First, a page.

Cooling is on homeowners’ minds as the summer approaches, particularly how to save on cooling costs since the Old Farmer’s Almanac predicts a hot and sticky June, July and August this year. Luckily, Tado, a German company that created an app to control in-home heating, may have a smart solution.
Tado is launching a new app that allows homeowners with a remote-controlled air conditioning unit to monitor their cooling system’s temperatures from a smartphone. The app is designed to connect to a home cooling device, and can be controlled from anywhere. Homeowners can set their air conditioner to a particular temperature while they are away — one of the main benefits of a central air system. With Tado’s new app, window, wall and portable cooling units can be programmed, helping to reducing cooling costs.
Tado made its heating app available to customers worldwide about a year ago, and has seen positive feedback from clients. The app senses when residents leave the home, and reduces the heat to save on energy costs. It also pre-heats the home when its sensors detect people nearing the house, and these happen without any action on the part of the homeowner with the help of geo-location on a smartphone.
Similarly, the new cooling app will raise and lower air conditioning unit temperatures based on home occupancy to maximize cooling, and minimize energy costs. It also extends to each unit in the house, cooling every room as needed, turning on and off based on a room’s occupancy. The smart thermostat can additionally monitor the weather and adjust the cooling accordingly.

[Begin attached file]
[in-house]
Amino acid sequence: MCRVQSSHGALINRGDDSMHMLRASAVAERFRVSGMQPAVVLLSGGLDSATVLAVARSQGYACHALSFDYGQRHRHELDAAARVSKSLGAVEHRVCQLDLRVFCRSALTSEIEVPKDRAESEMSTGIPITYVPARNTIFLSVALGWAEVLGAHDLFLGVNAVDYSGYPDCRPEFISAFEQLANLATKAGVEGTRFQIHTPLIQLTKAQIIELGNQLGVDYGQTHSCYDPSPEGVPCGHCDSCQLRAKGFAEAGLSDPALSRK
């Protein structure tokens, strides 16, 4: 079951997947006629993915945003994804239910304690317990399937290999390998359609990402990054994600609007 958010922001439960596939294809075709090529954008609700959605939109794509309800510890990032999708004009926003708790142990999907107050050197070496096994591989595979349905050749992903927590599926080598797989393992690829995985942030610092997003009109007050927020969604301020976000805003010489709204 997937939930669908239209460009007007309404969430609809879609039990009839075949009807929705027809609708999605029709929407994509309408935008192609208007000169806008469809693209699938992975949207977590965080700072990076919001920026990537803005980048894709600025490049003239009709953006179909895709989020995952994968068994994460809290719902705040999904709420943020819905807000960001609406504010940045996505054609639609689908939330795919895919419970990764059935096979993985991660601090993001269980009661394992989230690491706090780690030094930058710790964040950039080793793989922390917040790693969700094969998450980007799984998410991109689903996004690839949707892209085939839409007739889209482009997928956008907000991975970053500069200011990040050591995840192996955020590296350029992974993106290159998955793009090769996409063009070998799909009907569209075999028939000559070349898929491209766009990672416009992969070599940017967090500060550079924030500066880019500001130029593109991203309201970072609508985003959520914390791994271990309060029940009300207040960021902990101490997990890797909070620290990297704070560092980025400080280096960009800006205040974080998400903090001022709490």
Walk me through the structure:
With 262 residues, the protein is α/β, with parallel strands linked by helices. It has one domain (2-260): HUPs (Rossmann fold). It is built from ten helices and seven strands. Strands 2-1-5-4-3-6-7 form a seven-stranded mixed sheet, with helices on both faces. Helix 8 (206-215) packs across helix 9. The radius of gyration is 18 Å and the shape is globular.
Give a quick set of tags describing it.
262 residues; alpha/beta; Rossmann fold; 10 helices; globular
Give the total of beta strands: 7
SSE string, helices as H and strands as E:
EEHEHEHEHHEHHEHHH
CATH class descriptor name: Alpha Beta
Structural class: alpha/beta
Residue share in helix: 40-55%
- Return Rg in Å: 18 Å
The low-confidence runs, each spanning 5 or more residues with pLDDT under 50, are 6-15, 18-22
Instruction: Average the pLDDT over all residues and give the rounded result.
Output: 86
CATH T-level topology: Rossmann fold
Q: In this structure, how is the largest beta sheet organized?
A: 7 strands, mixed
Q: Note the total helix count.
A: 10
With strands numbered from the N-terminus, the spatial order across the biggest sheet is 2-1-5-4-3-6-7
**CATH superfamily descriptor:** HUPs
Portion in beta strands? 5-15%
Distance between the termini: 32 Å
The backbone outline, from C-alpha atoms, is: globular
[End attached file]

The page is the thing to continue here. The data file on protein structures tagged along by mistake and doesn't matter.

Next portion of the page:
Tado claims that this app could save up to 40% on a home’s electricity consumption, and that it is compatible with 82% of air conditioning units. The system also offers an LED display within the home that can be utilized if a homeowner’s smartphone is lost or stolen.
“Everyone involved in the HVAC market is trying to get into home automation, this is one of HVAC system manufacturer Trane’s main focuses.” says Bo Thomas, president of Thomas HVAC. “Anytime someone has more control to dial back temperatures when not at home helps to reduce energy costs. Apps & solutions like this offer convenience, which are great to help monitor homes when away.”
At the moment, the projected retail price will be $150, but the first 500 customers can purchase the cooling system for $69. The company is working with Kickstarter, an internet-based funding site that garners public support for creative projects, to raise its goal of $150,000. If the company reaches its target, the cooling system will be available for purchase sooner, but is expected to release it publicly in August.